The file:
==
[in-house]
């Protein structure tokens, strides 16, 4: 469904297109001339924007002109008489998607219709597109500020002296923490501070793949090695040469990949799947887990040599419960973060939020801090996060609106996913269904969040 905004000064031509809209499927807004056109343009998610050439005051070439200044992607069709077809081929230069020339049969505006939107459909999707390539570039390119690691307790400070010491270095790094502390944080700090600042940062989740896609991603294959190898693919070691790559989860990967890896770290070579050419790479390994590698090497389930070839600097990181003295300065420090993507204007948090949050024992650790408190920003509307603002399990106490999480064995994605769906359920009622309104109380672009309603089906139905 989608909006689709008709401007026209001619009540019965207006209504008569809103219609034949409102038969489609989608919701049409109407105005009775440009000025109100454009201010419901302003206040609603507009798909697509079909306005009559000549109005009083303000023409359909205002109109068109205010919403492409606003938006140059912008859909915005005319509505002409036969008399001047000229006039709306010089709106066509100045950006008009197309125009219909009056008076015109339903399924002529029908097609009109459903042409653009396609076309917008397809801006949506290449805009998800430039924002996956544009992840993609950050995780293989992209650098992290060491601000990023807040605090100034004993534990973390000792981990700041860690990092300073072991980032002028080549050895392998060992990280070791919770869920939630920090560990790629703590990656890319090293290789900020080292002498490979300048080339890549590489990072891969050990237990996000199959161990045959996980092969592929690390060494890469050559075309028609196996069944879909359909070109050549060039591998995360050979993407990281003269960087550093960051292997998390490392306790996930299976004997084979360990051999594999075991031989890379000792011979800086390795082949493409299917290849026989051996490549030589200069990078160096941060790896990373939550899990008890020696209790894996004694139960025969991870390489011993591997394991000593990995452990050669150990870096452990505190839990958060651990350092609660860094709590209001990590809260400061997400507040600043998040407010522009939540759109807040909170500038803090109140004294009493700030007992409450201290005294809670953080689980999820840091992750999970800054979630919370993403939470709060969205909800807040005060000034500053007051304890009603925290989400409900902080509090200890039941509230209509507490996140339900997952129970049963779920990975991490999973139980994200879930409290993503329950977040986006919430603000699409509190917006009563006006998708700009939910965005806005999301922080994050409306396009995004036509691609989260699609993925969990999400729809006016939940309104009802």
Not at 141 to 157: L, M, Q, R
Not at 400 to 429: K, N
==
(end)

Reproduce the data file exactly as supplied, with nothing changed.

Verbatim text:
[in-house]
């Protein structure tokens, strides 16, 4: 469904297109001339924007002109008489998607219709597109500020002296923490501070793949090695040469990949799947887990040599419960973060939020801090996060609106996913269904969040 905004000064031509809209499927807004056109343009998610050439005051070439200044992607069709077809081929230069020339049969505006939107459909999707390539570039390119690691307790400070010491270095790094502390944080700090600042940062989740896609991603294959190898693919070691790559989860990967890896770290070579050419790479390994590698090497389930070839600097990181003295300065420090993507204007948090949050024992650790408190920003509307603002399990106490999480064995994605769906359920009622309104109380672009309603089906139905 989608909006689709008709401007026209001619009540019965207006209504008569809103219609034949409102038969489609989608919701049409109407105005009775440009000025109100454009201010419901302003206040609603507009798909697509079909306005009559000549109005009083303000023409359909205002109109068109205010919403492409606003938006140059912008859909915005005319509505002409036969008399001047000229006039709306010089709106066509100045950006008009197309125009219909009056008076015109339903399924002529029908097609009109459903042409653009396609076309917008397809801006949506290449805009998800430039924002996956544009992840993609950050995780293989992209650098992290060491601000990023807040605090100034004993534990973390000792981990700041860690990092300073072991980032002028080549050895392998060992990280070791919770869920939630920090560990790629703590990656890319090293290789900020080292002498490979300048080339890549590489990072891969050990237990996000199959161990045959996980092969592929690390060494890469050559075309028609196996069944879909359909070109050549060039591998995360050979993407990281003269960087550093960051292997998390490392306790996930299976004997084979360990051999594999075991031989890379000792011979800086390795082949493409299917290849026989051996490549030589200069990078160096941060790896990373939550899990008890020696209790894996004694139960025969991870390489011993591997394991000593990995452990050669150990870096452990505190839990958060651990350092609660860094709590209001990590809260400061997400507040600043998040407010522009939540759109807040909170500038803090109140004294009493700030007992409450201290005294809670953080689980999820840091992750999970800054979630919370993403939470709060969205909800807040005060000034500053007051304890009603925290989400409900902080509090200890039941509230209509507490996140339900997952129970049963779920990975991490999973139980994200879930409290993503329950977040986006919430603000699409509190917006009563006006998708700009939910965005806005999301922080994050409306396009995004036509691609989260699609993925969990999400729809006016939940309104009802």
Not at 141 to 157: L, M, Q, R
Not at 400 to 429: K, N